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A Slow Hurricane Season Still Indicates A Need For Insurance

With the summer winding down, many Americans may be keeping their eyes on the news to look for signs of hurricanes. Partway through hurricane season, predictions for coming storms are still below average, according to recent reports. Researchers from Colorado State University have reaffirmed their original forecast for a relatively slow season, indicating that the remainder will likely be calm.

A slow season

The report from the CSU Tropical Meteorology Project team came just before tropical storm Bertha was projected to pass between the East Coast of the U.S. and the island of Bermuda. While the U.S. will avoid a direct hit from the storm, hurricane Bertha may be one of the 10 storms predicted to happen during the 2014 hurricane season by CSU researchers.

There are several factors that are contributing to the below-average forecast this year, including cooler surface temperatures and higher sea level pressures. CSU has also stated there is a strong vertical wind shear through the Atlantic basin that is above normal conditions. Combined, these factors make it less favorable for hurricanes to form that will impact land in the U.S. and the Caribbean.

Where insurance comes in

The hurricane forecast this year is good news for residents of coastlines throughout the U.S. and around the Atlantic basin area. For the remainder of the hurricane season, which runs from June 1 through November 30, according to the National Hurricane Center, CSU predicts that there is a 38 percent chance of a hurricane impacting the entire East Coast of the U.S. By comparison, this is lower than the historical average of 52 percent. Including the Florida peninsula, the likelihood drops to 21 percent, while the average is 31 percent.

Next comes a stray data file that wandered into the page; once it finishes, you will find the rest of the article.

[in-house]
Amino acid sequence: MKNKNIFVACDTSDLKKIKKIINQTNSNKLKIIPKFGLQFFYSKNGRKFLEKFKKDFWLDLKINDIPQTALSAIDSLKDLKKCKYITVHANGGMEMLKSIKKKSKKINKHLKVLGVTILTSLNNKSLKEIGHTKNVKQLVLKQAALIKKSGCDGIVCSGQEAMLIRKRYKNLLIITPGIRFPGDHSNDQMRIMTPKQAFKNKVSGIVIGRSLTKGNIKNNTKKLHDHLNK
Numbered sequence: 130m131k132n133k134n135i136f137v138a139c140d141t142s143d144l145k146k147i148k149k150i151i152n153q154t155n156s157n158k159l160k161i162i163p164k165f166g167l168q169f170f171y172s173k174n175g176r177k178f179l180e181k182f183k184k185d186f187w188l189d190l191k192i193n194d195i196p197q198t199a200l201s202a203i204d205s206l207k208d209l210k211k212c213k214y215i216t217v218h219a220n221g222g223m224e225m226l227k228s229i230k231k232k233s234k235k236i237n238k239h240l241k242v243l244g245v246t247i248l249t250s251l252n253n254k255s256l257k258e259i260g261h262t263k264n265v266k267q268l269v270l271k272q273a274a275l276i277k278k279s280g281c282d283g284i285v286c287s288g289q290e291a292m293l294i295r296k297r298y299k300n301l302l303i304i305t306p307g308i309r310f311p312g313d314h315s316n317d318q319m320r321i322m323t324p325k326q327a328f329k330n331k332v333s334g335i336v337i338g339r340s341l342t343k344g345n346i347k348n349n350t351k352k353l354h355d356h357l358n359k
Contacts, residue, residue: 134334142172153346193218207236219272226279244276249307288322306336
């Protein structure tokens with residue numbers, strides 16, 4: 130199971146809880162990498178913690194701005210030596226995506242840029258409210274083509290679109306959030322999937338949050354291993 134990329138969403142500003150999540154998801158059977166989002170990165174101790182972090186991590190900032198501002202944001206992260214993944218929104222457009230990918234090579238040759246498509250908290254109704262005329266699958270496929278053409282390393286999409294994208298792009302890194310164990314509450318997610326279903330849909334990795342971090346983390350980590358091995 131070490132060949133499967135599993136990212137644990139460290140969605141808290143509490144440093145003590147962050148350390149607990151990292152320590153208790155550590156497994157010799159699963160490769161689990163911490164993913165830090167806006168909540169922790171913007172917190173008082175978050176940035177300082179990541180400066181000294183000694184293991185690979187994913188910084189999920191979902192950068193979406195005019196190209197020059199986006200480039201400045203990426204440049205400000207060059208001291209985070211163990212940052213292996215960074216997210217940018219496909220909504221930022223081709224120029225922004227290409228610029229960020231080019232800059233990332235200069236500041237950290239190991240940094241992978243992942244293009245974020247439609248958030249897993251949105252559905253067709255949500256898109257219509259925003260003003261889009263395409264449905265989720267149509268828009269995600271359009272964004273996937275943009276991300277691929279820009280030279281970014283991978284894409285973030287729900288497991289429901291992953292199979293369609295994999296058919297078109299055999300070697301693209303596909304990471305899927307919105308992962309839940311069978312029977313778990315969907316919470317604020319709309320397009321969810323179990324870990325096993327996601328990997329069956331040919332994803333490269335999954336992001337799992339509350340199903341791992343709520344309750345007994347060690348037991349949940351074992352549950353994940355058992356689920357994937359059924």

Many homeowners in these areas that could be directly impacted by severe weather might think that the quiet forecast is reason enough not to purchase hurricane insurance. However, the risks are still prevalent, even if there's a lower chance of storms appearing in the Atlantic. Between intense rain, strong winds and flooding, just one hurricane can devastate homes and entire communities. Without being prepared with insurance, the impact can be a disaster for homeowners.

How to be prepared

If you own property and have homeowners insurance, you might think you are already covered for an impending hurricane. However, there are limits to a typical homeowners insurance policy, including flooding, which means you probably aren't as protected as you might think. When a hurricane is on the way, it's already too late, which means homeowners need to get a policy before a storm is approaching. In general, there is a 30-day waiting period for insurance policies to take effect, so waiting until the last minute to get coverage is not an option.

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